***** / ****1/2

Best Of Family & Friends
Angel Air 2008
Do you have troubled, if lovable, relatives? Meet ‘n’ greet these folks! You won’t be disappointed.

Uncategorisable is the best word to categorise this band. Very English but with Americana in its core, from 1968 to 1973 Roger Chapman’s ensemble moved from cozy yet spooky surroundings of “Music In A Doll’s House” to the Western-like panorama of “It’s Only A Movie” taking in every possible genre thread in-between. The title track of the latter album could be as fitting entry point to this collection as is funky “Burlesque” which hangs on another fine word to depict the FAMILY oeuvre.

Idiosyncratic most of it may be and Chappo’s earth-splitting vibrato isn’t to everyone’s taste, yet all of this feels strangely alluring. In the absense of the debut LP’s tracks, the folky buzz of “Larf And Sing” soothes the glide, while their greatest hit, “The Weaver’s Answer”, and the live rendition of “Strange Band” come as the most hard rocking beasts with a progressive twist in their hypnotic tales. This bunch of lads had no rivals when it came to flying off on a stylistic tangent, and flying away with them – there’s a promise in the hooks of “Ready To Go” and “In My Own Time”- still looks like a riveting adventure.

But “Family & Friends” is a bit misleading title, as there’s not a song from Roger Chapman’s subsequent illustrious career – but this is made up for with a bonus DVD.


Punk Generation
Best Of Oddities And Versions
Store For Music 2008
An excursion into the unlikely heroes’ alternative demimonde.

This London bunch, together with THE CLASH, were unstoppable in the way of transcending their spiky margins and welcoming any other music strain that didn’t drew a regular punk’s interest. With the foursome’s body of work now considered classic, it’s tempting to look beyond it, which is the focus of this CD. Mostly live tracks, there’s four early demos, the infectious “Thanks For The Night” that has a dub depth to it, and “Do The Blitz” debuting on the 1984’s single, while “I Just Can’t Be So Happy Today” and “Love Songs” lack the lustre of the “Machine Gun Etiquette” versions.

There’s surely class of ’77 on display in rough, feverish concert takes on “You Know” and “Stab Your Back”, but “Curtain Call Pt. 1” that, like the bulk of the tracks here including the “Grimly Fiendish” buzzing march and killer rock ‘n’ roll of “New Rose”, comes from 1985’s performance is good example of the goth element in Dave Vanian and Captain Sensible’s artistic vision. The cover of Iggy Pop’s “Lust For Life” provides an insight in the band’s vitality, with the likes of “Street Of Dreams” adding pop sensibilities to the mix. Quite a collection! If only there was some details on the songs in the bookelt, an extract from the history of punk book: this is a major let-down whereas the music content deserves the thumbs-up.


1965 & 1966 /
Ricky-Tick …40 Years On
Angel Air 2008
Uncovered treasures from the most Northern of the early ’60s soulsters – and some brand new diamonds too.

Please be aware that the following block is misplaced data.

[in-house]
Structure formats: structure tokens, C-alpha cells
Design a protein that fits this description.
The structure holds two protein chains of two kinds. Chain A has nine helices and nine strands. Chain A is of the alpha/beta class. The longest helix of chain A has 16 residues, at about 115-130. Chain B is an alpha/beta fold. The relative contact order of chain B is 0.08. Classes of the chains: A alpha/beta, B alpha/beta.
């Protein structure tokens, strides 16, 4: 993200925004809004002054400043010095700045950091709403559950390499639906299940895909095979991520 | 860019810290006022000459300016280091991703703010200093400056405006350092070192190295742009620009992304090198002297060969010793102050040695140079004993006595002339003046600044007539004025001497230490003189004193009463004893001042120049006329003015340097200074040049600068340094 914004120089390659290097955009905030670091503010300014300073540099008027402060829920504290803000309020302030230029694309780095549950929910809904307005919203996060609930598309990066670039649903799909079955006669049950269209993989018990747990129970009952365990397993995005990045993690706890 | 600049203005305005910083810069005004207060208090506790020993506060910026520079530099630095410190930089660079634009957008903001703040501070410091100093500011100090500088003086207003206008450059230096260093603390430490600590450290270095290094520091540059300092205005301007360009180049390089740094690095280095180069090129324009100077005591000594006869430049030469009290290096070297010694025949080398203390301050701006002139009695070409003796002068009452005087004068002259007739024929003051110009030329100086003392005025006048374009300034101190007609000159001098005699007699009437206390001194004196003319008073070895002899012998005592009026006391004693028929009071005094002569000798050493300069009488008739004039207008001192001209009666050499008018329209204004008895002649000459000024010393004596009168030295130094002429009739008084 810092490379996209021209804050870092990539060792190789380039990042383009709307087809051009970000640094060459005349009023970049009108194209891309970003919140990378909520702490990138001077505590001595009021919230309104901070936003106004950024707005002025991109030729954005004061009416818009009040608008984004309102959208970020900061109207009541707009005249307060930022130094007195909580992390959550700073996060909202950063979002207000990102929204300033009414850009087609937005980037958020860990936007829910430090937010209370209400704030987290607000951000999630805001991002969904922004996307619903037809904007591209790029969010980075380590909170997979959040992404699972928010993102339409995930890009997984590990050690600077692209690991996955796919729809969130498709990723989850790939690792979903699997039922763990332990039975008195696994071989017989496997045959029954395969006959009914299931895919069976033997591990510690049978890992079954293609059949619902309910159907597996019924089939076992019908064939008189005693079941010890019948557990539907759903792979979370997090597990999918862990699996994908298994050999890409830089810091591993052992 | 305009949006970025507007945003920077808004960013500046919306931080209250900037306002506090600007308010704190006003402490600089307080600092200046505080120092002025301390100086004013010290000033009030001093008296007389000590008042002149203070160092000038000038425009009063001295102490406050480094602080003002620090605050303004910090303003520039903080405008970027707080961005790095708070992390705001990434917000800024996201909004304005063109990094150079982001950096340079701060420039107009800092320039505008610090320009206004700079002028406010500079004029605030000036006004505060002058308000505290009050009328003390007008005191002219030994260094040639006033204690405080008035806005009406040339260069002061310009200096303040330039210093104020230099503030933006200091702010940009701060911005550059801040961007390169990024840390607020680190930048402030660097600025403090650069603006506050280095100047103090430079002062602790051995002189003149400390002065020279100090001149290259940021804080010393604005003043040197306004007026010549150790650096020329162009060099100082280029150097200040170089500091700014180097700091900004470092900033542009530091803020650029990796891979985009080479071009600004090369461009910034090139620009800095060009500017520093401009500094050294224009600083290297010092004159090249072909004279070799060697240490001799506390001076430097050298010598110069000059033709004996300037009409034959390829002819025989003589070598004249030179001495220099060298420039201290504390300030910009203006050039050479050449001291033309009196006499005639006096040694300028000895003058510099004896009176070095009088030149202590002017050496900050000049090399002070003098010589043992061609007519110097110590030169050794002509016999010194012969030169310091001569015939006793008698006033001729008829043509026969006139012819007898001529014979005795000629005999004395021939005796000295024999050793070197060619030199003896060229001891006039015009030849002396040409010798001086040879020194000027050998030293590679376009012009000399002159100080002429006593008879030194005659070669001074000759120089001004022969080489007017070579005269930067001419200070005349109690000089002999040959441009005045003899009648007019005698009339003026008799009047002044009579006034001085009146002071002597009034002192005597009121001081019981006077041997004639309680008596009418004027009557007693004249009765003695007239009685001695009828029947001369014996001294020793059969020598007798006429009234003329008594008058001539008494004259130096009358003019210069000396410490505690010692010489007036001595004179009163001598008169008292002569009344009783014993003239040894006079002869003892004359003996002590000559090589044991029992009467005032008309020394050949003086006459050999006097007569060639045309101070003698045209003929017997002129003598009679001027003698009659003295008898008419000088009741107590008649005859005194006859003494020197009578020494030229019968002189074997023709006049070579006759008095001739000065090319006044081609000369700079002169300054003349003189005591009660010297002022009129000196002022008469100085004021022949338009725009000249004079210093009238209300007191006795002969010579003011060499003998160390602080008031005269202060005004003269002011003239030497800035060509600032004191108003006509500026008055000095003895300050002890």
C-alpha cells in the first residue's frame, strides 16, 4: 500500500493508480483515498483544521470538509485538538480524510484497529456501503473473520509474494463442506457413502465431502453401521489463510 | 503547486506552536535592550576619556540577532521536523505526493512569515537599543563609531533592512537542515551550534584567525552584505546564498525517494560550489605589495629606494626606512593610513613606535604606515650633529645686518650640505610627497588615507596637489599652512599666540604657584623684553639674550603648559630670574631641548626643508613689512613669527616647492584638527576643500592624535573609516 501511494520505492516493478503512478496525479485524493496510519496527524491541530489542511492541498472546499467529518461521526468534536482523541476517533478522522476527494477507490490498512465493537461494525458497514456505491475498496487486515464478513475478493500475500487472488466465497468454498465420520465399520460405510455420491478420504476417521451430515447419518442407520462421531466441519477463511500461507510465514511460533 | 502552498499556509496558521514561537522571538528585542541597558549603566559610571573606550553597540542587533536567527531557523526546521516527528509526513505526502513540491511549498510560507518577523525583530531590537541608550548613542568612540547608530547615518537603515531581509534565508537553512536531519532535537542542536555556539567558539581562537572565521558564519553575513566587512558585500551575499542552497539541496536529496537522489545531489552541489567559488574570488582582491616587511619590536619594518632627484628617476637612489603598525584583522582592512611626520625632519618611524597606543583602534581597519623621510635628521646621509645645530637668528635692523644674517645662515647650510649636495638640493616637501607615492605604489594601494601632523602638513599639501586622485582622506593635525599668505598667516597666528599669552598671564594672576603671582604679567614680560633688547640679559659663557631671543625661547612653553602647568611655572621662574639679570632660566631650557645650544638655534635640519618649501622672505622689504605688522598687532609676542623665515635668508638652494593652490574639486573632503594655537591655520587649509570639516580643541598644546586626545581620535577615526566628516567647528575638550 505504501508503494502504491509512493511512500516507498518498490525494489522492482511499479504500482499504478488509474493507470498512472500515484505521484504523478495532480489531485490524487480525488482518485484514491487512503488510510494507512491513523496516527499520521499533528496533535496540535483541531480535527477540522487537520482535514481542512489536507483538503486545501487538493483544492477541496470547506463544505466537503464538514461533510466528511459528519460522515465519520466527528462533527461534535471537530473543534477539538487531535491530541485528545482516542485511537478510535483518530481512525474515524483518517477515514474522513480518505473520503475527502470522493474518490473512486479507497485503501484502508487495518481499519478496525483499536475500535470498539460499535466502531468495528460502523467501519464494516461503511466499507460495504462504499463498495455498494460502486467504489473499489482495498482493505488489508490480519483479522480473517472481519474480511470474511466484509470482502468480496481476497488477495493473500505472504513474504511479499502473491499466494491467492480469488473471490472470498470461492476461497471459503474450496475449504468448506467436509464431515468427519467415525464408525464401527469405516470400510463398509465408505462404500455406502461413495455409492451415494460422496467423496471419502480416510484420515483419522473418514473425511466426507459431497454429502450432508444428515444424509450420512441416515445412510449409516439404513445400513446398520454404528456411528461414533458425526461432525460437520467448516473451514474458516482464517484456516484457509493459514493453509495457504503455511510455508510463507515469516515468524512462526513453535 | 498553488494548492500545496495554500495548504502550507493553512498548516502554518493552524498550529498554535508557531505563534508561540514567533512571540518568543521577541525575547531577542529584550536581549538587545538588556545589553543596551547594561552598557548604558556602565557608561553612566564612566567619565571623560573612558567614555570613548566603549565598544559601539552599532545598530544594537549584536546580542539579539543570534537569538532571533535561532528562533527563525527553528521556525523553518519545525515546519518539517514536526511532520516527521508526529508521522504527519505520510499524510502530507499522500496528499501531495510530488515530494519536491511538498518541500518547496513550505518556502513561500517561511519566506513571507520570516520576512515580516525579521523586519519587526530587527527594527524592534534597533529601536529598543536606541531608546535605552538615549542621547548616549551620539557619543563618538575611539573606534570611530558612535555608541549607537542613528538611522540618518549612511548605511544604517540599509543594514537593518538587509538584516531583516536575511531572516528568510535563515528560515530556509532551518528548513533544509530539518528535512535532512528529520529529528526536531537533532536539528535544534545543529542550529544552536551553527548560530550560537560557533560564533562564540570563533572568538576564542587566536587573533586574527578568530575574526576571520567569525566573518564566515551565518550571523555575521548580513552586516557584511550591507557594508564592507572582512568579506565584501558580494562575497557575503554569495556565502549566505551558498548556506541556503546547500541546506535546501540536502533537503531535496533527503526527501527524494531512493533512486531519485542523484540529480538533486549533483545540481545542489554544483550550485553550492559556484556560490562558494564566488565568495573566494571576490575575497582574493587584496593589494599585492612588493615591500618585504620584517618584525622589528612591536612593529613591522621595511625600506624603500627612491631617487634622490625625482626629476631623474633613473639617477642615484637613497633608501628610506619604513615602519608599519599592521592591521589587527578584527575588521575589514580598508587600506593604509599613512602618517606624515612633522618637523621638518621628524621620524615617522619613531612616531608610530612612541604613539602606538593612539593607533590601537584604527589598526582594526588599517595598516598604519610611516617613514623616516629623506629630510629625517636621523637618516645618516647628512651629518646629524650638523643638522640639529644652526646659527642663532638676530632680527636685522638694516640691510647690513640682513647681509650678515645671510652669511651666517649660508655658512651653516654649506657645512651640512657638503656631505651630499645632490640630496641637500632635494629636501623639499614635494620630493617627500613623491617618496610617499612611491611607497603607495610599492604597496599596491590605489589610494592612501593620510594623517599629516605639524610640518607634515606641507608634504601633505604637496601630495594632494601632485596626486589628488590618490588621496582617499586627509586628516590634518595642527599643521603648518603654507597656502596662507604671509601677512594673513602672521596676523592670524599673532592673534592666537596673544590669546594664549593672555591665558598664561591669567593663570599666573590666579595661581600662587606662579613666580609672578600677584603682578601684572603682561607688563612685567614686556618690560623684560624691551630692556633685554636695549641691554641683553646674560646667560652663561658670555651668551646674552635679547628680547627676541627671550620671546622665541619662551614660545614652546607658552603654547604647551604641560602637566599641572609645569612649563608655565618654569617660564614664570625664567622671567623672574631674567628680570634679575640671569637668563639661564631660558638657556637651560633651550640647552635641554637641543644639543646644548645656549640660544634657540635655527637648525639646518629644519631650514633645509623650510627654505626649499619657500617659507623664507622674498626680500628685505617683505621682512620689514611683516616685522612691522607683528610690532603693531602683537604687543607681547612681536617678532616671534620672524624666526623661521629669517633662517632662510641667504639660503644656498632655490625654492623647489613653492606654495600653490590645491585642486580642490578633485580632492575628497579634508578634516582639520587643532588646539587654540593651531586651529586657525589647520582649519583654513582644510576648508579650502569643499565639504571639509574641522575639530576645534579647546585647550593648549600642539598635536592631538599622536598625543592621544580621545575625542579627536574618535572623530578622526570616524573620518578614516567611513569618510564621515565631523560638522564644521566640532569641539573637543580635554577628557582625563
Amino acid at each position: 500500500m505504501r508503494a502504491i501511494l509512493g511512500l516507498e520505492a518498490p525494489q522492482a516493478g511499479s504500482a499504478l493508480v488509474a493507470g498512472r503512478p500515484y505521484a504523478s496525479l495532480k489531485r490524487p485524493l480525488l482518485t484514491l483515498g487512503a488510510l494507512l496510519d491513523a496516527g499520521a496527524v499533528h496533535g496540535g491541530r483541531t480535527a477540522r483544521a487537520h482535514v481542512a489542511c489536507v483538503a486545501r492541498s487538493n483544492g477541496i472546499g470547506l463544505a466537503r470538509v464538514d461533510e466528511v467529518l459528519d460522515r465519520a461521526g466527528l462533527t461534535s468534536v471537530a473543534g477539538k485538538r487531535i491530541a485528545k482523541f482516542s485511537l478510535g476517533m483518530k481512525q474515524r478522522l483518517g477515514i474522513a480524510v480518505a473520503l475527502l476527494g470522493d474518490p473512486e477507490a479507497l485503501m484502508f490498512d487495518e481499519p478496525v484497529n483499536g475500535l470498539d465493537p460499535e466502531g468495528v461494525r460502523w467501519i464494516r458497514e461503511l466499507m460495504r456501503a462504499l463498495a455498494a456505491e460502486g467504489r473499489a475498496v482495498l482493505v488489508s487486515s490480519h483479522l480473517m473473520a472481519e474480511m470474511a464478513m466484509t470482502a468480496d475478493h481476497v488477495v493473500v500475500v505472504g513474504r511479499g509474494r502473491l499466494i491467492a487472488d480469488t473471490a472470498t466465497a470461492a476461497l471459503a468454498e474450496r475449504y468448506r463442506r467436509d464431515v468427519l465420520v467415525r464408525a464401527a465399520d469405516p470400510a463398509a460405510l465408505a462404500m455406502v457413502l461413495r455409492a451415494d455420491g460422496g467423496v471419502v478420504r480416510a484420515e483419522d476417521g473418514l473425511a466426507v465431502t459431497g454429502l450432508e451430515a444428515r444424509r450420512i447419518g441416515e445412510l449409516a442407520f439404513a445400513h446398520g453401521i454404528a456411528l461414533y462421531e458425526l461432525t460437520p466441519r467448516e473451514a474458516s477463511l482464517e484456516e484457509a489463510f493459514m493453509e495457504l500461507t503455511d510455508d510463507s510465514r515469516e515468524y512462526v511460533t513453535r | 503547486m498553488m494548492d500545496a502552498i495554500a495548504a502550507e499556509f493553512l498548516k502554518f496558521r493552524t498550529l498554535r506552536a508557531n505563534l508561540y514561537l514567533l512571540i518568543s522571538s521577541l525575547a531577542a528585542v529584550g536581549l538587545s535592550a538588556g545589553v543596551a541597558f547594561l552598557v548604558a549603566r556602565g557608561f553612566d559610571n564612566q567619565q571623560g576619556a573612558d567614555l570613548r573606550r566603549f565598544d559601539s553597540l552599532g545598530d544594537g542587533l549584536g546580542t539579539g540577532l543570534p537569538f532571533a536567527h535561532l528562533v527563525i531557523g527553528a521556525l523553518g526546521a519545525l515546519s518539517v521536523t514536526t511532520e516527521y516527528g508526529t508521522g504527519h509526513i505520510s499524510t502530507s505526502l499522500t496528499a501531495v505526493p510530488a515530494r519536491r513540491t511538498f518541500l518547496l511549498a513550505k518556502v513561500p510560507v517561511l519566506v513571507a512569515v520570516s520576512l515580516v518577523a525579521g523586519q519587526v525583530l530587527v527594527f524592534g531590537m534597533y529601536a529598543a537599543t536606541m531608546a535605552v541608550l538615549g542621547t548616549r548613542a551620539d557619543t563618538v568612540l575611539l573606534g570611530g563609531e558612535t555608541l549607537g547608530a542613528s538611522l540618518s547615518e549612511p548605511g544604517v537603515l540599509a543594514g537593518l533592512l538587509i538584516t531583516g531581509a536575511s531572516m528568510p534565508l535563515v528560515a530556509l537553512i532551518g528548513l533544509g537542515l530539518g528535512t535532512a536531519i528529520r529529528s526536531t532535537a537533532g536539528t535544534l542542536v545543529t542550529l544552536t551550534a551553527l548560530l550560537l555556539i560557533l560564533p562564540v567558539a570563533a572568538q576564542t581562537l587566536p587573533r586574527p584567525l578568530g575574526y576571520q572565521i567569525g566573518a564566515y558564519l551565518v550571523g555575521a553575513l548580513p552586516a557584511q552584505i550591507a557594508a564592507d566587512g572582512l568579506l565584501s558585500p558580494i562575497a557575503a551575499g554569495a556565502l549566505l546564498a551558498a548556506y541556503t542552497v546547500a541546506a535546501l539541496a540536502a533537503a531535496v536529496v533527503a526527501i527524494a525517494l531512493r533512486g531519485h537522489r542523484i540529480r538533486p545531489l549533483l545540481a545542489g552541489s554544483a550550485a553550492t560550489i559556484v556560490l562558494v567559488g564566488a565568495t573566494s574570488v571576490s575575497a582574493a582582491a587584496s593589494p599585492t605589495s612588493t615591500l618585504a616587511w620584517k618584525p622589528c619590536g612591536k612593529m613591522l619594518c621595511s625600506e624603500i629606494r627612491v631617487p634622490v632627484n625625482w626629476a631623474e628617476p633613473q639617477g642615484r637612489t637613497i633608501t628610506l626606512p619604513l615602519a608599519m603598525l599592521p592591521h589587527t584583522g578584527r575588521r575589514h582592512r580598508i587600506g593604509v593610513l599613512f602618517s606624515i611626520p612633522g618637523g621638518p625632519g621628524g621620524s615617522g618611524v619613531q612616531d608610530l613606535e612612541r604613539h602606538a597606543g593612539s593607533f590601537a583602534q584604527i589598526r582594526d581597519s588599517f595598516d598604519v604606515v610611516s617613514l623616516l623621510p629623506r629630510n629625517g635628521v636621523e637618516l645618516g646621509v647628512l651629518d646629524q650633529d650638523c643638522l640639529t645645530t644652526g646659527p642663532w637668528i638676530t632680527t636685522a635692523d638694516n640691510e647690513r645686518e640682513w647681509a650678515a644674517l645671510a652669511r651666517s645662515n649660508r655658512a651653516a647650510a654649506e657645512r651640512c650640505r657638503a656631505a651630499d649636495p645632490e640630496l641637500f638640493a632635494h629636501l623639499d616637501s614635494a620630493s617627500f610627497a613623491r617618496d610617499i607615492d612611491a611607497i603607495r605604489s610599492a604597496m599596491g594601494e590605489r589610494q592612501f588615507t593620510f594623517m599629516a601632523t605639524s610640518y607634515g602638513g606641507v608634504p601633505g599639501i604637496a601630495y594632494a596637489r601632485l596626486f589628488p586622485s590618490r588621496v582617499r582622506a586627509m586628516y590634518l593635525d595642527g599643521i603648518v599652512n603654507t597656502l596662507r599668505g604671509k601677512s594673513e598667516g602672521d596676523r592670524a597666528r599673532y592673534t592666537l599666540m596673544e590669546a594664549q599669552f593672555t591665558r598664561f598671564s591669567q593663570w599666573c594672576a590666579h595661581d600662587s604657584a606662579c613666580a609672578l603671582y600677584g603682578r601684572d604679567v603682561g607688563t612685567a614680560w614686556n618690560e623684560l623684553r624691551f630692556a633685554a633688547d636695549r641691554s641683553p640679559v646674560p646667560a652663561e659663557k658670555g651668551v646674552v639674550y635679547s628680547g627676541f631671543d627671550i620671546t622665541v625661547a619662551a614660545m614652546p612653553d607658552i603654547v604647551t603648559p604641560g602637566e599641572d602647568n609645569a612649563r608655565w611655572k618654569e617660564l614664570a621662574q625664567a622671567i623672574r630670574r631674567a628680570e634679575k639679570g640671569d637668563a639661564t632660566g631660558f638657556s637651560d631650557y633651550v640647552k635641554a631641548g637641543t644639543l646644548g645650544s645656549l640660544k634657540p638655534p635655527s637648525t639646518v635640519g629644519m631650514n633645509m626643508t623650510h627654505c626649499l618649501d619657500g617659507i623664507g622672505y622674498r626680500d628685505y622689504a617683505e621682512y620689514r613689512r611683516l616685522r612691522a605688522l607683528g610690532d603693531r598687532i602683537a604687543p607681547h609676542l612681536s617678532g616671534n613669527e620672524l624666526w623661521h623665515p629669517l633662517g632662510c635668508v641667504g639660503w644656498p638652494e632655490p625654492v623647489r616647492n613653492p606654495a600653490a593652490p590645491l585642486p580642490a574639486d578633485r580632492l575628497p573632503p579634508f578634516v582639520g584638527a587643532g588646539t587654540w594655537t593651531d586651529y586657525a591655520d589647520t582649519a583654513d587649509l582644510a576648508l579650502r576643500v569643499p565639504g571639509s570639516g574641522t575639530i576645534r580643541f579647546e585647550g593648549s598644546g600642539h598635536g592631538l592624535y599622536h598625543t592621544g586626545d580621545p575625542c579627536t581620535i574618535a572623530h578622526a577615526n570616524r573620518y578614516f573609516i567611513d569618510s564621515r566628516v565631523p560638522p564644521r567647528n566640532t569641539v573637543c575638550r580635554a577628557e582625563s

They came from the Ricky-Tick club scene of Croydon, Windsor and Guildford with very unusual for both rock ‘n’ roll and rhythm-and-blues proposition of two saxes bolstering the sound of what initially seemed a plain beat combo. Phillip Goodhand-Tait’s band could be noticeable for this novelty yet, whole of their output spanning two years, remained conserved in the dark recesses of British music – so well that the ensemble’s recordings haven’t aged a bit sound quality notwithstanding.

It’s the songs and the attitude that matter, and the soulful “What More Do You Want” packs a blast. What with the “Society For The Protection Of Love” idealistic pop sensibilities, most of the material is quite rootsy, the singer’s own “No Problem” easily reproducing the Stax groove with Goodhand-Tait doing a great Otis impersonation, while “Gonna Put Some Hurt On You” shares a hook with “Iko Iko”. And how many groups back in the mid-’60s dared to take James Brown’s “I Feel Good” to the stage without falling flat on their faces? Still, by the end of 1967 it was over, the latter-day sax blower Mel Collins taking reins from Phillip to turn the band, now called CIRCUS, into jazzy territory.

Having become a successful songwriter Goodhand-Tait didn’t sign off THE SHAKERS to the past gone, so 35 years later they were back and after flexing the muscle presented the few faithful with “Ricky-Tick”. The album builds on their legacy but gives the proceedings a modern turn. It’s hard not to get caught with the soft glow of “Burning Rain” where the leader does a great organ work, a heart-breaking hope in “Love’s Refugees”, or the “Tighten Up Your Bible Belt” gospel fervor. There’s a youthful spirit in the rock steady of “Fly Me To The Sun”, which means the old magic still works. Who would ask for more? Everyone who’s spinned this CD!


Send It… With Love
Store For Music 2008
The first pulsations of the future supernova. The heat goes on.

With everybody knowing Shania Twain was a country singer before she crossed over to the sharp pop fame, these recordings may hold a big surprise. Done in her native Canada for Harry Hinde’s Limelight Records back in the late ’80s, the tapes are the direct precursor to what has made Twain a star, the catchy “Wild And Wicked” rocking hard not unlike Reviews25 years later while “Luv Eyes” sits close to “That Don’t Impress Me Much”, and “Rhytm Made Me Do It” could easily be re-cut for the lady’s next album.